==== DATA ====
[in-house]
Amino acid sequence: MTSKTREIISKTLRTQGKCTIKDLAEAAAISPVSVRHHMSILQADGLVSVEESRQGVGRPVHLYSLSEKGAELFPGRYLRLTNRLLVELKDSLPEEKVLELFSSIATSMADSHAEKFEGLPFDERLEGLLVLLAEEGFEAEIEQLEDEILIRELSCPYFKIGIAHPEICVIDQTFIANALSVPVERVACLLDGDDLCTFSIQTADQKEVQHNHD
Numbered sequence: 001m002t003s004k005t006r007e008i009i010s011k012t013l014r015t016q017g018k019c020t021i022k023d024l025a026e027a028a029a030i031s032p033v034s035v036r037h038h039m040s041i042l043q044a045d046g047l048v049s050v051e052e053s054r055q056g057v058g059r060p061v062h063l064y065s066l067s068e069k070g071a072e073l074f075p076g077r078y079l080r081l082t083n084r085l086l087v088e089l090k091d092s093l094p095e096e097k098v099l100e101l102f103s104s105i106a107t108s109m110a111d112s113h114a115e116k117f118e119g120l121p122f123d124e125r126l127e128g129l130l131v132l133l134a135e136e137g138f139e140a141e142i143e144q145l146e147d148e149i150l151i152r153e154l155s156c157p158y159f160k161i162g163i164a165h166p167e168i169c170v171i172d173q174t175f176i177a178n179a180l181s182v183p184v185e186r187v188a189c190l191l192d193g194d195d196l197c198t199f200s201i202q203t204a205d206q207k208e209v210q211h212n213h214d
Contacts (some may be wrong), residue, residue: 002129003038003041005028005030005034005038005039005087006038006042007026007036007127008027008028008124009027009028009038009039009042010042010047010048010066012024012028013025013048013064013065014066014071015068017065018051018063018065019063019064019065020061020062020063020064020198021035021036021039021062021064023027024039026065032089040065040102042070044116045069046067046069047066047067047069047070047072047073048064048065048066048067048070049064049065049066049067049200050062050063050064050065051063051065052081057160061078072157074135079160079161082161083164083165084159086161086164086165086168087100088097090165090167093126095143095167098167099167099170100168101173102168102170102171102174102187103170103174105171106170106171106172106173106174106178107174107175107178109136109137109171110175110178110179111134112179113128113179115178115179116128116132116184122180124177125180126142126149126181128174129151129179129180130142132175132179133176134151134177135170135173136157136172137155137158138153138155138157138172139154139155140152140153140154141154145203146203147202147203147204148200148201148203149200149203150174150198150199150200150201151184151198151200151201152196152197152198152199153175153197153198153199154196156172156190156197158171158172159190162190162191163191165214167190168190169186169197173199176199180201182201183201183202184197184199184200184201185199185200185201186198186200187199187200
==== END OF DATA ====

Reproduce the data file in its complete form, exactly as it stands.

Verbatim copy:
[in-house]
Amino acid sequence: MTSKTREIISKTLRTQGKCTIKDLAEAAAISPVSVRHHMSILQADGLVSVEESRQGVGRPVHLYSLSEKGAELFPGRYLRLTNRLLVELKDSLPEEKVLELFSSIATSMADSHAEKFEGLPFDERLEGLLVLLAEEGFEAEIEQLEDEILIRELSCPYFKIGIAHPEICVIDQTFIANALSVPVERVACLLDGDDLCTFSIQTADQKEVQHNHD
Numbered sequence: 001m002t003s004k005t006r007e008i009i010s011k012t013l014r015t016q017g018k019c020t021i022k023d024l025a026e027a028a029a030i031s032p033v034s035v036r037h038h039m040s041i042l043q044a045d046g047l048v049s050v051e052e053s054r055q056g057v058g059r060p061v062h063l064y065s066l067s068e069k070g071a072e073l074f075p076g077r078y079l080r081l082t083n084r085l086l087v088e089l090k091d092s093l094p095e096e097k098v099l100e101l102f103s104s105i106a107t108s109m110a111d112s113h114a115e116k117f118e119g120l121p122f123d124e125r126l127e128g129l130l131v132l133l134a135e136e137g138f139e140a141e142i143e144q145l146e147d148e149i150l151i152r153e154l155s156c157p158y159f160k161i162g163i164a165h166p167e168i169c170v171i172d173q174t175f176i177a178n179a180l181s182v183p184v185e186r187v188a189c190l191l192d193g194d195d196l197c198t199f200s201i202q203t204a205d206q207k208e209v210q211h212n213h214d
Contacts (some may be wrong), residue, residue: 002129003038003041005028005030005034005038005039005087006038006042007026007036007127008027008028008124009027009028009038009039009042010042010047010048010066012024012028013025013048013064013065014066014071015068017065018051018063018065019063019064019065020061020062020063020064020198021035021036021039021062021064023027024039026065032089040065040102042070044116045069046067046069047066047067047069047070047072047073048064048065048066048067048070049064049065049066049067049200050062050063050064050065051063051065052081057160061078072157074135079160079161082161083164083165084159086161086164086165086168087100088097090165090167093126095143095167098167099167099170100168101173102168102170102171102174102187103170103174105171106170106171106172106173106174106178107174107175107178109136109137109171110175110178110179111134112179113128113179115178115179116128116132116184122180124177125180126142126149126181128174129151129179129180130142132175132179133176134151134177135170135173136157136172137155137158138153138155138157138172139154139155140152140153140154141154145203146203147202147203147204148200148201148203149200149203150174150198150199150200150201151184151198151200151201152196152197152198152199153175153197153198153199154196156172156190156197158171158172159190162190162191163191165214167190168190169186169197173199176199180201182201183201183202184197184199184200184201185199185200185201186198186200187199187200